Tepid, Hackneyed And Other College Words
DIRECTED BY JON LUCAS & SCOTT MOORE/2013
21 & Over has been informally marketed as “The Hangover for college.” Good thing too, since all the mature and complex themes of The Hangover were so inaccessible to our peasant youth in institutions of higher learning. But while written by the same duo that penned The Hangover (Jon Lucas and Scott Moore) it is unfair to compare the two movies. Let 21 & Over stand on the merits of its own male nudity and vomit.
When approaching a movie like 21 & Over, there are only two things you must know: first, there will be buds. There will be at least three friends who fulfill some kind of friend formula: the neutral pawn, the supportive, likable overachiever, and the bitter, foul-mouthed underachiever. Second, there will be butts. About four seconds into 21 & Over we get our first frame of “cheekiness.” Also, if you have any reservations about public urination, pubic hair, or same-sex snogging, run. Run as far away as your well-adjusted tastes can take you.
Now, for interested parties reading this in the anonymous glow of the Internet…
It’s the 21st birthday of pre-med student Jeff Chang, so his two best buds from high school, Miller and Casey, fly into town to give him a spectacular birthday bash. But, wuh-oh, Jeff Chang’s dad has scheduled him for an important med school interview the next morning at 7am! Can Miller and Casey get Jeff Chang home in time for the big meeting? Take one last swig of your PBR, brush the Cheetos dust off your beard and come find out!
21 & Over follows a predictable plot that features all of those things that people hazily remember from college. There’s bar hopping, sororities, and midnight school-sponsored bonfires (that happened, right?). There’s even a binge drinker’s version of the pagoda from Bruce Lee’s The Game of Death. All in all, 21 & Over takes place in the same parallel universe as Old School and The Hangover where mere men can drink gallons of alcohol without hospitalization, bodies can fall three stories without breaking a bone, and women openly share with strangers lurid details about their sex life. In this magical place, jobs are bad and your youth is supposed to be spent partying and trying to figure out life before you’re condemned to minivan hell. Apparently, in this glorious galaxy there are no bills or rent and friends are what’s most important, even if those friends are pathologically codependent.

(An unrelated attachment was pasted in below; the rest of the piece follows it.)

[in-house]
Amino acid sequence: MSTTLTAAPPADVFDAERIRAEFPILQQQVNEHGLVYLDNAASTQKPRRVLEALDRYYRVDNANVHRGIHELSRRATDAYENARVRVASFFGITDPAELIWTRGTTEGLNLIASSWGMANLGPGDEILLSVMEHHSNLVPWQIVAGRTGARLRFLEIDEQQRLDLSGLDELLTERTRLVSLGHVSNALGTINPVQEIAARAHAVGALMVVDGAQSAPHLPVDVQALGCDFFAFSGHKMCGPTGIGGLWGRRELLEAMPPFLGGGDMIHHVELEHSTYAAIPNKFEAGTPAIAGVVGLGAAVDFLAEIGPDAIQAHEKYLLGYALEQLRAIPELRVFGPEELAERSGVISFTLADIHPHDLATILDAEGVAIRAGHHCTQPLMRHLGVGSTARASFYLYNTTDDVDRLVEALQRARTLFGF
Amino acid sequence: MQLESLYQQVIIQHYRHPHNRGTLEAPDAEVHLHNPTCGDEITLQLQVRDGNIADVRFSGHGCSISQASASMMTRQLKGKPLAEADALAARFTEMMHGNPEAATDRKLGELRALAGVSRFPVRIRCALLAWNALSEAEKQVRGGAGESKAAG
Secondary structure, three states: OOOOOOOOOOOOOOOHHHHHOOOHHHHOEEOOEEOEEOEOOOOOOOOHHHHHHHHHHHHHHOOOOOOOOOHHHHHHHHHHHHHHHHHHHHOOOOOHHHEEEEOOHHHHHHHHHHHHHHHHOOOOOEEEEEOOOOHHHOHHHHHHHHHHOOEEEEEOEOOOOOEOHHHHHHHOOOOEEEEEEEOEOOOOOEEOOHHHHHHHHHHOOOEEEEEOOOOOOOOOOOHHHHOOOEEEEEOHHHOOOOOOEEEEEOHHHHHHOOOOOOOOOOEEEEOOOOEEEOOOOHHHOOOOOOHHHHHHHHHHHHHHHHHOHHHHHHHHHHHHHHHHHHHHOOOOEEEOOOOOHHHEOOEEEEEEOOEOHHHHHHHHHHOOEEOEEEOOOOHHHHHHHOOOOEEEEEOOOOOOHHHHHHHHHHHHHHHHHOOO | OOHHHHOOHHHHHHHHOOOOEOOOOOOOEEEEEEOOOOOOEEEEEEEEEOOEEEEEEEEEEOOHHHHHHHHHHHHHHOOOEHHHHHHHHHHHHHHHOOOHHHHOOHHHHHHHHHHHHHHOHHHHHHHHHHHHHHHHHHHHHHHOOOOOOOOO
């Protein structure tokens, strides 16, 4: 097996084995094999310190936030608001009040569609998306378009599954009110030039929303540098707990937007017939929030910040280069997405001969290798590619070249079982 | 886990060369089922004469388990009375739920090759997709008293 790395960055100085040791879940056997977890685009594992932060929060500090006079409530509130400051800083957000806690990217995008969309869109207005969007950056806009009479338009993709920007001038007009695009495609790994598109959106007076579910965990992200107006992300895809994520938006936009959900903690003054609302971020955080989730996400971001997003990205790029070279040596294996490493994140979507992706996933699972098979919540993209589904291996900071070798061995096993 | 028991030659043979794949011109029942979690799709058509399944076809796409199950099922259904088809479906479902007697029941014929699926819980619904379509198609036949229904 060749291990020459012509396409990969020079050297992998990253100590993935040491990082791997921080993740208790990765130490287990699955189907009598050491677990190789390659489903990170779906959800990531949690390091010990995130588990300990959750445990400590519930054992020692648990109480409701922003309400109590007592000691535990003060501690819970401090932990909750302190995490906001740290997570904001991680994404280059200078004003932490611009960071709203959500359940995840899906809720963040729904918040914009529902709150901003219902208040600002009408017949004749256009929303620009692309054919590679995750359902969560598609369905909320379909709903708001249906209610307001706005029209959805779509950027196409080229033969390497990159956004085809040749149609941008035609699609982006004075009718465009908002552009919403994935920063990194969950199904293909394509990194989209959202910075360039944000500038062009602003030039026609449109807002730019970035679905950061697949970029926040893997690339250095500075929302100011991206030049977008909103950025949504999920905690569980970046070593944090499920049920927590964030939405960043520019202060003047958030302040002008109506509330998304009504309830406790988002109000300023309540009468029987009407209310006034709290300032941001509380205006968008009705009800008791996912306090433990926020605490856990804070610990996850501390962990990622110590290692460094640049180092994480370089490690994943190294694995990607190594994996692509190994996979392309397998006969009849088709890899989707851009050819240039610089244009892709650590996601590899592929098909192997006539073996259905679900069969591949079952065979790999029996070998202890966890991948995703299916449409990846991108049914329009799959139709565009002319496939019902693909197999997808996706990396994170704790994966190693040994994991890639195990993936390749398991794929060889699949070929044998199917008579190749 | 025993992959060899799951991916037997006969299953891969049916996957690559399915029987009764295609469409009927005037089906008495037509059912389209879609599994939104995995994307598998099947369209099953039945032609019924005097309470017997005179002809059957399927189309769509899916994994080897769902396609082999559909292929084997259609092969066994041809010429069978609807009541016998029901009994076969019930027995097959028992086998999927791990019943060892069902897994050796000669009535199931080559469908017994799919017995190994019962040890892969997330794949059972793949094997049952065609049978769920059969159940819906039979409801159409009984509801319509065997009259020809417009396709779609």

Skylar Astin does a fine job as Casey, the overachiever in the friend formula. He’s charming and doesn’t look completely out of his element when trying to woo the only woman in the movie who isn’t scenery, Nicole (Sarah Wright). Miles Teller plays the bitter underachiever Miller, who seems to be fed lines by a sex-addicted Cyrano. He happily antagonizes men and women alike with a breezy demeanor, but there’s an underlying hurt that drives his flippant attitude. Justin Chon, as Jeff Chang, does his best Bernie Lomax impression while being dragged around from point A to point 5-0 blood alcohol level.
Most of the laughs come from the competitive banter between Casey and Miller. There are also a few good pokes at the homoerotic nature that permeates a lot of male college life. The gross out humor set pieces are mostly just cringe inducing. Whatever the market is for slow motion vomit, I pray to God it is not growing.
21 & Over lacks the originality, punch, and quotability of the movies it’s modeled after. It fills the recent vacancy in raunchy college movies, but adds nothing new to the genre. It just sits there like a cooling pool of congealed puke.